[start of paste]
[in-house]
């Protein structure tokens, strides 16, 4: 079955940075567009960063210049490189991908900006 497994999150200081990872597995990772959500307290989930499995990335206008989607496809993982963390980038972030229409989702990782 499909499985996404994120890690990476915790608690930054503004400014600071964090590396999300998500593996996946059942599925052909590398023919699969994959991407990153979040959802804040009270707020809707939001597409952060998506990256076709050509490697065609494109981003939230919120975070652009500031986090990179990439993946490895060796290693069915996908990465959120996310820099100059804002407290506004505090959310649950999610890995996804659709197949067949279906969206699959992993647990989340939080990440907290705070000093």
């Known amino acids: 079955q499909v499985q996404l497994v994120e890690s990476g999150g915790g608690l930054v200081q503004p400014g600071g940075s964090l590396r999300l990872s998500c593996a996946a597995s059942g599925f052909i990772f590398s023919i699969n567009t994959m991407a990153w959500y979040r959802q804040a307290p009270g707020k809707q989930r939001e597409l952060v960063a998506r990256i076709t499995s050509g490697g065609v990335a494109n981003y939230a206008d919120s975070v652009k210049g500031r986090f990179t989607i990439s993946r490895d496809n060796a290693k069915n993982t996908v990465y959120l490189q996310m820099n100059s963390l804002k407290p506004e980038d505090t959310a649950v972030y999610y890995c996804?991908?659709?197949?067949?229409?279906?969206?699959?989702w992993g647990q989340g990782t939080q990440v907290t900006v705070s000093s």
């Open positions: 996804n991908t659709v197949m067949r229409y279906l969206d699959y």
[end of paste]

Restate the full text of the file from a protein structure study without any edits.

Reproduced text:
[in-house]
């Protein structure tokens, strides 16, 4: 079955940075567009960063210049490189991908900006 497994999150200081990872597995990772959500307290989930499995990335206008989607496809993982963390980038972030229409989702990782 499909499985996404994120890690990476915790608690930054503004400014600071964090590396999300998500593996996946059942599925052909590398023919699969994959991407990153979040959802804040009270707020809707939001597409952060998506990256076709050509490697065609494109981003939230919120975070652009500031986090990179990439993946490895060796290693069915996908990465959120996310820099100059804002407290506004505090959310649950999610890995996804659709197949067949279906969206699959992993647990989340939080990440907290705070000093």
């Known amino acids: 079955q499909v499985q996404l497994v994120e890690s990476g999150g915790g608690l930054v200081q503004p400014g600071g940075s964090l590396r999300l990872s998500c593996a996946a597995s059942g599925f052909i990772f590398s023919i699969n567009t994959m991407a990153w959500y979040r959802q804040a307290p009270g707020k809707q989930r939001e597409l952060v960063a998506r990256i076709t499995s050509g490697g065609v990335a494109n981003y939230a206008d919120s975070v652009k210049g500031r986090f990179t989607i990439s993946r490895d496809n060796a290693k069915n993982t996908v990465y959120l490189q996310m820099n100059s963390l804002k407290p506004e980038d505090t959310a649950v972030y999610y890995c996804?991908?659709?197949?067949?229409?279906?969206?699959?989702w992993g647990q989340g990782t939080q990440v907290t900006v705070s000093s």
């Open positions: 996804n991908t659709v197949m067949r229409y279906l969206d699959y």